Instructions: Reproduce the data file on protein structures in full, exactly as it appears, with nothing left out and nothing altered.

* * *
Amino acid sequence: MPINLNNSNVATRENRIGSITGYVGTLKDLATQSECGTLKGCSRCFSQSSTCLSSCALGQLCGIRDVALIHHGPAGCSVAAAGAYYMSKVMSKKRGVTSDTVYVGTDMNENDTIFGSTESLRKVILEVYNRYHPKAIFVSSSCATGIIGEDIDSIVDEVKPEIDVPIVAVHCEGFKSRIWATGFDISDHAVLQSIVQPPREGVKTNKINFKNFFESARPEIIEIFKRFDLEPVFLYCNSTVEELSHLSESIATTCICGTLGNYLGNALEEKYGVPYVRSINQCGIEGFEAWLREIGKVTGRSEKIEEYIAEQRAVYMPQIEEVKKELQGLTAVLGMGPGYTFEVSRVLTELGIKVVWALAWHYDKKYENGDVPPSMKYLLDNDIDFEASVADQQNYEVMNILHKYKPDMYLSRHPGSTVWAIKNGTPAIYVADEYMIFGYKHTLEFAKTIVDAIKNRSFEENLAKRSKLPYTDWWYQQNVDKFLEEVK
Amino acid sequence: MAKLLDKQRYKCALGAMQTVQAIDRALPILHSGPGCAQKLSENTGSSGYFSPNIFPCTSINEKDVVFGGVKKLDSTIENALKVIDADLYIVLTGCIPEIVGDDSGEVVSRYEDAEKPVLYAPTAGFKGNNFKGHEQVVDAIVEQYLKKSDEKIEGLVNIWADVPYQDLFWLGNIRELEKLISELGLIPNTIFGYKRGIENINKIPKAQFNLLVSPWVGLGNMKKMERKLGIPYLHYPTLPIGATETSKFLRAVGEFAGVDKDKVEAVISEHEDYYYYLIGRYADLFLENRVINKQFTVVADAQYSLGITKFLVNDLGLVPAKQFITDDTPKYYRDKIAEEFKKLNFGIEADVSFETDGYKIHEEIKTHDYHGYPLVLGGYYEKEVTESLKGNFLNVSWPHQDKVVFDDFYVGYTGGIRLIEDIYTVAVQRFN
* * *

Amino acid sequence: MPINLNNSNVATRENRIGSITGYVGTLKDLATQSECGTLKGCSRCFSQSSTCLSSCALGQLCGIRDVALIHHGPAGCSVAAAGAYYMSKVMSKKRGVTSDTVYVGTDMNENDTIFGSTESLRKVILEVYNRYHPKAIFVSSSCATGIIGEDIDSIVDEVKPEIDVPIVAVHCEGFKSRIWATGFDISDHAVLQSIVQPPREGVKTNKINFKNFFESARPEIIEIFKRFDLEPVFLYCNSTVEELSHLSESIATTCICGTLGNYLGNALEEKYGVPYVRSINQCGIEGFEAWLREIGKVTGRSEKIEEYIAEQRAVYMPQIEEVKKELQGLTAVLGMGPGYTFEVSRVLTELGIKVVWALAWHYDKKYENGDVPPSMKYLLDNDIDFEASVADQQNYEVMNILHKYKPDMYLSRHPGSTVWAIKNGTPAIYVADEYMIFGYKHTLEFAKTIVDAIKNRSFEENLAKRSKLPYTDWWYQQNVDKFLEEVK
Amino acid sequence: MAKLLDKQRYKCALGAMQTVQAIDRALPILHSGPGCAQKLSENTGSSGYFSPNIFPCTSINEKDVVFGGVKKLDSTIENALKVIDADLYIVLTGCIPEIVGDDSGEVVSRYEDAEKPVLYAPTAGFKGNNFKGHEQVVDAIVEQYLKKSDEKIEGLVNIWADVPYQDLFWLGNIRELEKLISELGLIPNTIFGYKRGIENINKIPKAQFNLLVSPWVGLGNMKKMERKLGIPYLHYPTLPIGATETSKFLRAVGEFAGVDKDKVEAVISEHEDYYYYLIGRYADLFLENRVINKQFTVVADAQYSLGITKFLVNDLGLVPAKQFITDDTPKYYRDKIAEEFKKLNFGIEADVSFETDGYKIHEEIKTHDYHGYPLVLGGYYEKEVTESLKGNFLNVSWPHQDKVVFDDFYVGYTGGIRLIEDIYTVAVQRFN